The goal of this program is to evaluate control of lung surfactant phosphatidylcholine synthesis with special emphasis on the role of choline as a rate-limiting substrate. Using nutritional choline deficiency as a probe, we have shown that in contrast to a large decrease in liver phosphatidylcholine, there is only a slight decrease in the pool of lung phosphatidylcholine. The apparent compensatory mechanisms that maintain lung phosphatidylcholine concentrations are increased activity of the CTP: cholinephosphate cytidyltransferase, an increased rate of surfactant turnover, and increased epithelial transport of choline. The focus of this application will be on the mechanisms for transport of choline by granular pneumocytes. Our preliminary data have indicated that granular pneumocytes accumulate choline against a concentration gradient by an energy dependent, sodium independent mechanism. This uptake mechanism has characteristics of the low affinity active transport system described but poorly characterized in other tissues. Choline uptake will be studied in granular pneumocytes isolated from rat lungs and maintained in primary culture on collagen coated filters. Isolated perfused rat lungs will also be studied for correlation with an intact system.
The first aim will be to fully describe the choline transport system in granular pneumocytes with measurement of time course for accumulation, kinetic constants based on concentration, sodium and energy dependence, hemicholinium-3 and fluorocholine as inhibitors of transport, choline binding to cell constituents, and efflux of choline from prelabelled cells.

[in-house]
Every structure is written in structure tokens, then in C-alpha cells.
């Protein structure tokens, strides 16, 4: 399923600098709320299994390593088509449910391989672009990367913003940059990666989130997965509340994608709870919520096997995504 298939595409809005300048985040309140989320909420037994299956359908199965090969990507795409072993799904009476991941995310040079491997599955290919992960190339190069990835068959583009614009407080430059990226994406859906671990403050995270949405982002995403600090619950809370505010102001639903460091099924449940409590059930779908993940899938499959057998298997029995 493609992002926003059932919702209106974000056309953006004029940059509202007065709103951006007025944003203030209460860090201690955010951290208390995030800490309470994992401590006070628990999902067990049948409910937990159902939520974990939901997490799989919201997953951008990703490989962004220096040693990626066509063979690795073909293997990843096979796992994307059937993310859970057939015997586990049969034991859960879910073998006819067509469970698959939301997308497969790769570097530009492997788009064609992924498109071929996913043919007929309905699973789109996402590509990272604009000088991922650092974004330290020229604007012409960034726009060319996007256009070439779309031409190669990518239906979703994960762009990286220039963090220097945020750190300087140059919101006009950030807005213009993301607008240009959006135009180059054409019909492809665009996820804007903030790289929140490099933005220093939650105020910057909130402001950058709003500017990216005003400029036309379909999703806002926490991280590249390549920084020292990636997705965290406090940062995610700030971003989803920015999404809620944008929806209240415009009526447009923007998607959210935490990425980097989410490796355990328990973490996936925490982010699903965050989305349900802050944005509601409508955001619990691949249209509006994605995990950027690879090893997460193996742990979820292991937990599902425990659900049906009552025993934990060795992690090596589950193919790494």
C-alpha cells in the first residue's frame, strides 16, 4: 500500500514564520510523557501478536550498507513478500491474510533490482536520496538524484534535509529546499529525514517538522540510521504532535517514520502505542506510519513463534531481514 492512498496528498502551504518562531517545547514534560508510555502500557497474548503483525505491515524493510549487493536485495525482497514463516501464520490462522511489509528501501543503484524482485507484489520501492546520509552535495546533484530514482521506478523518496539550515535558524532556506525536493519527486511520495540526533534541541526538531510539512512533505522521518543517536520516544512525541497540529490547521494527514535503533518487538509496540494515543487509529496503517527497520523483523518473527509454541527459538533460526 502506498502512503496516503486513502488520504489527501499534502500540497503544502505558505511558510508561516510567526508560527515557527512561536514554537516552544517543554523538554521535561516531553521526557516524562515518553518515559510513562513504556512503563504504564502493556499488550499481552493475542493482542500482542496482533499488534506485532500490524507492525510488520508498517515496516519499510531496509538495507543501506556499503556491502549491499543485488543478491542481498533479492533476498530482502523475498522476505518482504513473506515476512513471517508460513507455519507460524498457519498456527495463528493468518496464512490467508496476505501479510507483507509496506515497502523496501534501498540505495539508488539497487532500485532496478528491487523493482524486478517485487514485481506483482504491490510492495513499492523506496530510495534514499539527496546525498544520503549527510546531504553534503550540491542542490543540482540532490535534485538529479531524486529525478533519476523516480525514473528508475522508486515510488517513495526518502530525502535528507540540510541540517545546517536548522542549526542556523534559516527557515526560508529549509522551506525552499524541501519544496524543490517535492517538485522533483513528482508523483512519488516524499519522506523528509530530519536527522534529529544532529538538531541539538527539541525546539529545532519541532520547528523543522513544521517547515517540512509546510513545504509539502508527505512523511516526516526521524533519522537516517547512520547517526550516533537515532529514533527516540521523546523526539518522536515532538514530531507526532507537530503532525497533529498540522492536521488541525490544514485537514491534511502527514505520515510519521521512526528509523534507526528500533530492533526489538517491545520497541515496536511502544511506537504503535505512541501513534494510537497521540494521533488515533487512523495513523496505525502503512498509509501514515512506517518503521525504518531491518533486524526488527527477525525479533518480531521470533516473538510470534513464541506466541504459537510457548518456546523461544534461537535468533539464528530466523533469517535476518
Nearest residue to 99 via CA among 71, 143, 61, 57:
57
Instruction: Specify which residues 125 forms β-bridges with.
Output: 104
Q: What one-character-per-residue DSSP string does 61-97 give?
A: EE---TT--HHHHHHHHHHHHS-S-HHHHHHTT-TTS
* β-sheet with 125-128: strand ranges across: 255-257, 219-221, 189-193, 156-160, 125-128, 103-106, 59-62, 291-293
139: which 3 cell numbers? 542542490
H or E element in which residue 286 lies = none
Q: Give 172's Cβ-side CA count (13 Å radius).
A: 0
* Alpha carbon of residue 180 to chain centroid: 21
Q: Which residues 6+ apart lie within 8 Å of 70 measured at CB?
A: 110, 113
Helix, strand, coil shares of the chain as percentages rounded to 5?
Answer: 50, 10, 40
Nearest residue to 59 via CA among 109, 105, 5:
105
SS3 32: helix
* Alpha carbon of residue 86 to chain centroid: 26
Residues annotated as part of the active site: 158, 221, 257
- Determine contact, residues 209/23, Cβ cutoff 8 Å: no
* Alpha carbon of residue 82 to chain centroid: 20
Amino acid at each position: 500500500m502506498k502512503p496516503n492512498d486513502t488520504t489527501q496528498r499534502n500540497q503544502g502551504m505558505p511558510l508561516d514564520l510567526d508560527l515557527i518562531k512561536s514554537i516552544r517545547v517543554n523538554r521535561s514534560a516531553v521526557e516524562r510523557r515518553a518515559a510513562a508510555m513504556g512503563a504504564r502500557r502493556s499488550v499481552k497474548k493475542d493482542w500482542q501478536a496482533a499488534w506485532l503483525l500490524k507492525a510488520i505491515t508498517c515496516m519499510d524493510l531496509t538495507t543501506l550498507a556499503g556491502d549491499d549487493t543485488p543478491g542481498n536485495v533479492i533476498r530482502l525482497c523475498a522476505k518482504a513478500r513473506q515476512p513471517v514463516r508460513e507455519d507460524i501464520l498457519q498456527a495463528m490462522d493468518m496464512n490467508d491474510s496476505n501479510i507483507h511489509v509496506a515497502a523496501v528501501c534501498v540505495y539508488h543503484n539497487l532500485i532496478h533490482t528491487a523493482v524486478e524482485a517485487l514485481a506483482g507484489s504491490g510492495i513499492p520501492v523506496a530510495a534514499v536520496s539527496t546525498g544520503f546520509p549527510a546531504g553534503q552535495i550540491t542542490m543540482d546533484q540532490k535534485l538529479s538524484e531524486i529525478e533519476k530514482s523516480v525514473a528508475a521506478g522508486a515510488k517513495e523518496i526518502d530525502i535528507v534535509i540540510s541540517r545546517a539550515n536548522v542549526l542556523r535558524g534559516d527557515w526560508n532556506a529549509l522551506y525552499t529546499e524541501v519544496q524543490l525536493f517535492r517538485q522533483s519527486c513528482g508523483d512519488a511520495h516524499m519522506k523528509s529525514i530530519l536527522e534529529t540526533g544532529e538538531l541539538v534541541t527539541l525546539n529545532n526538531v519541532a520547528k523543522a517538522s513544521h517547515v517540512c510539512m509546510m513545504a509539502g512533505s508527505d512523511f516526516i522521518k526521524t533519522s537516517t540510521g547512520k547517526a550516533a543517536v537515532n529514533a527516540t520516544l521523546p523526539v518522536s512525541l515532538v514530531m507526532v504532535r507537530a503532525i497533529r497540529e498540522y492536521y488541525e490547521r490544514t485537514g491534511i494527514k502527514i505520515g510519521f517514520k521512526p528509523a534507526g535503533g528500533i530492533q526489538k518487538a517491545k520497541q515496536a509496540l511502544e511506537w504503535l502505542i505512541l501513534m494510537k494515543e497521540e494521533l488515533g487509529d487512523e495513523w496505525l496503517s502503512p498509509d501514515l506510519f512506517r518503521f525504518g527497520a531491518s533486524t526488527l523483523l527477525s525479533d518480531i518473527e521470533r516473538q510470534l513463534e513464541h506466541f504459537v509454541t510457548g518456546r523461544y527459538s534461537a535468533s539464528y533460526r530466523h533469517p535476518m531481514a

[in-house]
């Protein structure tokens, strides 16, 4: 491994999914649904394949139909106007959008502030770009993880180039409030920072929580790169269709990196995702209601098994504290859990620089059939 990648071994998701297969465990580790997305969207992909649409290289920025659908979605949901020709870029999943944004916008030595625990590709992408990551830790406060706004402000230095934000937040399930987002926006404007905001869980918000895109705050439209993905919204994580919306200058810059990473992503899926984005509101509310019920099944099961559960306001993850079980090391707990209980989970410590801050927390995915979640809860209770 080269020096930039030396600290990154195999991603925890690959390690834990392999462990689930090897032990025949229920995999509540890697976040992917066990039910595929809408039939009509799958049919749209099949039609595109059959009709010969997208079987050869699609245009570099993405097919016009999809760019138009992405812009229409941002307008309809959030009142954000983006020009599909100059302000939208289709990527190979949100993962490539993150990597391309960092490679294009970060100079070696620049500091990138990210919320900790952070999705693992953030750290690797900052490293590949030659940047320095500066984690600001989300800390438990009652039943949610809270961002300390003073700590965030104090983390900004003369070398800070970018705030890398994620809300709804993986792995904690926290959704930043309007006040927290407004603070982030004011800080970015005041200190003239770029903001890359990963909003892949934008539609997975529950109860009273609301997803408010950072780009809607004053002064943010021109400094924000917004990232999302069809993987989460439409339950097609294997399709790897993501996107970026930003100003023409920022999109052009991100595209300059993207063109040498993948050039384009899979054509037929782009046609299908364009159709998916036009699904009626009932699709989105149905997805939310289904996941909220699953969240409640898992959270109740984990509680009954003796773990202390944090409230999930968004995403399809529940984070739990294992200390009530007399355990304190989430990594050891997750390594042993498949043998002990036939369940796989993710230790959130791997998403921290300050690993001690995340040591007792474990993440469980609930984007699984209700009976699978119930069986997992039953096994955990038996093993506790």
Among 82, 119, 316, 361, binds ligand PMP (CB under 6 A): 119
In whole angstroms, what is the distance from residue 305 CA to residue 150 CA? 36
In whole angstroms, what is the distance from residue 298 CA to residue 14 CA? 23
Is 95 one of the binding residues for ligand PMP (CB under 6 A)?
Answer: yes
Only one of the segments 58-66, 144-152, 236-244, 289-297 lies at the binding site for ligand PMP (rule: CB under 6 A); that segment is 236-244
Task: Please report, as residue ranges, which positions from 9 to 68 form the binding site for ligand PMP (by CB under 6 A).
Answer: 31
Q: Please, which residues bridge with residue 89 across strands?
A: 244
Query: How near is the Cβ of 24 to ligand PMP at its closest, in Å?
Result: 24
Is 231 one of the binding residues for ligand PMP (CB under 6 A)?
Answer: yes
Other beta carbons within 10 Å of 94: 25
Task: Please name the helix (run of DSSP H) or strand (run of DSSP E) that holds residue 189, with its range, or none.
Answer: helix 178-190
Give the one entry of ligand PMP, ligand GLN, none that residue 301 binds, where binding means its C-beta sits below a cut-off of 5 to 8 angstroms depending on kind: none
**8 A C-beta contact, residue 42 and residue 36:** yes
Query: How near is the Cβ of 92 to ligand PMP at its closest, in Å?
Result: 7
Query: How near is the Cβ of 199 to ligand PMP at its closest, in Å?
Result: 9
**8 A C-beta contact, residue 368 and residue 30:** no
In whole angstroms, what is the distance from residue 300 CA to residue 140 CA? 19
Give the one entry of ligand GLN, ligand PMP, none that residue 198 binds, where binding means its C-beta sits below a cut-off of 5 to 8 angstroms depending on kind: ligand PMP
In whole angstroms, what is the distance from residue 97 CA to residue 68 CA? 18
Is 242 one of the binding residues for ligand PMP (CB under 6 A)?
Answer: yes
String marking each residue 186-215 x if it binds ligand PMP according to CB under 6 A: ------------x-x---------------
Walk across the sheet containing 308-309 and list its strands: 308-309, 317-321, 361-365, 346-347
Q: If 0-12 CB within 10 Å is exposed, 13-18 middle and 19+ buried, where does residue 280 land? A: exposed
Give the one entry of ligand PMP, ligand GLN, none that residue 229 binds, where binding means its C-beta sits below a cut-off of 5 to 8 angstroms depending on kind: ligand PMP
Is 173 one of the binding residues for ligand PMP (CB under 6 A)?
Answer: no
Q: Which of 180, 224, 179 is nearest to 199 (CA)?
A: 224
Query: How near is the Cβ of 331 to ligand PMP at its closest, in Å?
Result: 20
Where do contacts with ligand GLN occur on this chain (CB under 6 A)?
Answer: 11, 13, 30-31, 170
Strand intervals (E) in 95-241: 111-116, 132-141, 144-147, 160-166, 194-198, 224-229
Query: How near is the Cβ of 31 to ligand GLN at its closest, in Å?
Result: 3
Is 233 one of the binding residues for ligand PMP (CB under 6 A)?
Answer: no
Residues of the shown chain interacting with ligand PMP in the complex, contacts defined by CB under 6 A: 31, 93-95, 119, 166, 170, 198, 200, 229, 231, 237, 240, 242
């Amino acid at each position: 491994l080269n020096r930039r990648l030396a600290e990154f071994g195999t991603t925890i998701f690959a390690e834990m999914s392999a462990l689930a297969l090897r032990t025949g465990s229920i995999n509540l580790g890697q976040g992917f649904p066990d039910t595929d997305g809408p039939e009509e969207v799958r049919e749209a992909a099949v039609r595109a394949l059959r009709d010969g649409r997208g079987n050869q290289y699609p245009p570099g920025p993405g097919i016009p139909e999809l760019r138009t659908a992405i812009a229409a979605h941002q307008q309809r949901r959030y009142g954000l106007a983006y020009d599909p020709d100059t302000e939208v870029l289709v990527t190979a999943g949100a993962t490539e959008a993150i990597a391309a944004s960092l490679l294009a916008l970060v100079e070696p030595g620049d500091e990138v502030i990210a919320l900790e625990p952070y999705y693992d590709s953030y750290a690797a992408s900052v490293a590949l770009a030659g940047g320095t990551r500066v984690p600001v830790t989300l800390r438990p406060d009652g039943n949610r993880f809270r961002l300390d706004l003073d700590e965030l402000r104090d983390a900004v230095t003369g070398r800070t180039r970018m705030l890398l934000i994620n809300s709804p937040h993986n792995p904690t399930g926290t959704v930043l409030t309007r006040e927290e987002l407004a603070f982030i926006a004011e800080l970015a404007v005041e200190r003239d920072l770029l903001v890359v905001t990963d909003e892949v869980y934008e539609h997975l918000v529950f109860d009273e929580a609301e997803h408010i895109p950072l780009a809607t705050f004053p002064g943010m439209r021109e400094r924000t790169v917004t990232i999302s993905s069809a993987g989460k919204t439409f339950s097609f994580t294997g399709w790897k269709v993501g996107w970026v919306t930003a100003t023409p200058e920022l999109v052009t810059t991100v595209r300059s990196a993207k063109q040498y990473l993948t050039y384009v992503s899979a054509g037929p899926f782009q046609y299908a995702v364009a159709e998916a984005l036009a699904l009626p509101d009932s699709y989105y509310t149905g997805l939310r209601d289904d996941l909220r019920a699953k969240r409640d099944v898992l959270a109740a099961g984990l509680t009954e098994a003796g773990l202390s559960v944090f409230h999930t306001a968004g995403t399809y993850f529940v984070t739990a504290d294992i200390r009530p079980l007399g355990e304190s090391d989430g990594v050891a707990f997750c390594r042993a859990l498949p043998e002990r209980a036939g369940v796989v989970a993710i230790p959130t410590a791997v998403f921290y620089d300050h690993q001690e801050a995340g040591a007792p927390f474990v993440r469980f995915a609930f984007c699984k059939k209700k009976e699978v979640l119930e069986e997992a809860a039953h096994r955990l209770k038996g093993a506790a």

The second aim will established the structural specificity for the choline transport system using a variety of probes to determine the requirement for the quaternary ammonium and the alkyl OH groups, the spatial requirements for the head group, and the alkyl chain length.
The third aim will utilize membrane vesicles prepared from isolated cells in order to define mechanisms for transport and to separate the transport step from subsequent metabolic transformations. The fourth am will investigate alterations of transport in granular pneumocytes from choline deficient rats and in (de) differentiated granular pneumocytes. The proposed studies will provide new information on mechanisms through which these cells control the availability of choline for synthesis of the major constituent of lung surfactant.
|Fisher, A B; Dodia, C; Chander, A et al. (1992) Transport of choline by plasma membrane vesicles from lung-derived epithelial cells. Am J Physiol 263:C1250-7|
|Dodia, C; Fisher, A B; Chander, A et al. (1992) Inhibitors of choline transport in alveolar type II epithelial cells. Am J Respir Cell Mol Biol 6:426-9|
|Fisher, A B; Chander, A; Dodia, C et al. (1989) Choline transport by lung epithelium. Am J Respir Cell Mol Biol 1:455-62|
|Fisher, A B; Dodia, C; Chander, A (1987) Degradation and reutilization of alveolar phosphatidylcholine by rat lungs. J Appl Physiol 62:2295-9|
|Chander, A; Reicherter, J; Fisher, A B (1987) Degradation of dipalmitoyl phosphatidylcholine by isolated rat granular pneumocytes and reutilization for surfactant synthesis. J Clin Invest 79:1133-8|
|Fisher, A B; Chander, A; Reicherter, J (1987) Uptake and degradation of natural surfactant by isolated rat granular pneumocytes. Am J Physiol 253:C792-6|
|Yost, R W; Chander, A; Dodia, C et al. (1986) Stimulation of the methylation pathway for phosphatidylcholine synthesis in rat lungs by choline deficiency. Biochim Biophys Acta 875:122-5|
|Yost, R W; Chander, A; Dodia, C et al. (1986) Synthesis of phosphatidylcholine by rat lung during choline deficiency. J Appl Physiol 61:2040-4|
|Yost, R W; Chander, A; Fisher, A B (1985) Differential response of lung and liver of juvenile rats to choline deficiency. J Appl Physiol 59:738-42|
|Glass, M; Sutherland, M W; Forman, H J et al. (1985) Selenium deficiency potentiates paraquat-induced lipid peroxidation in isolated perfused rat lung. J Appl Physiol 59:619-22|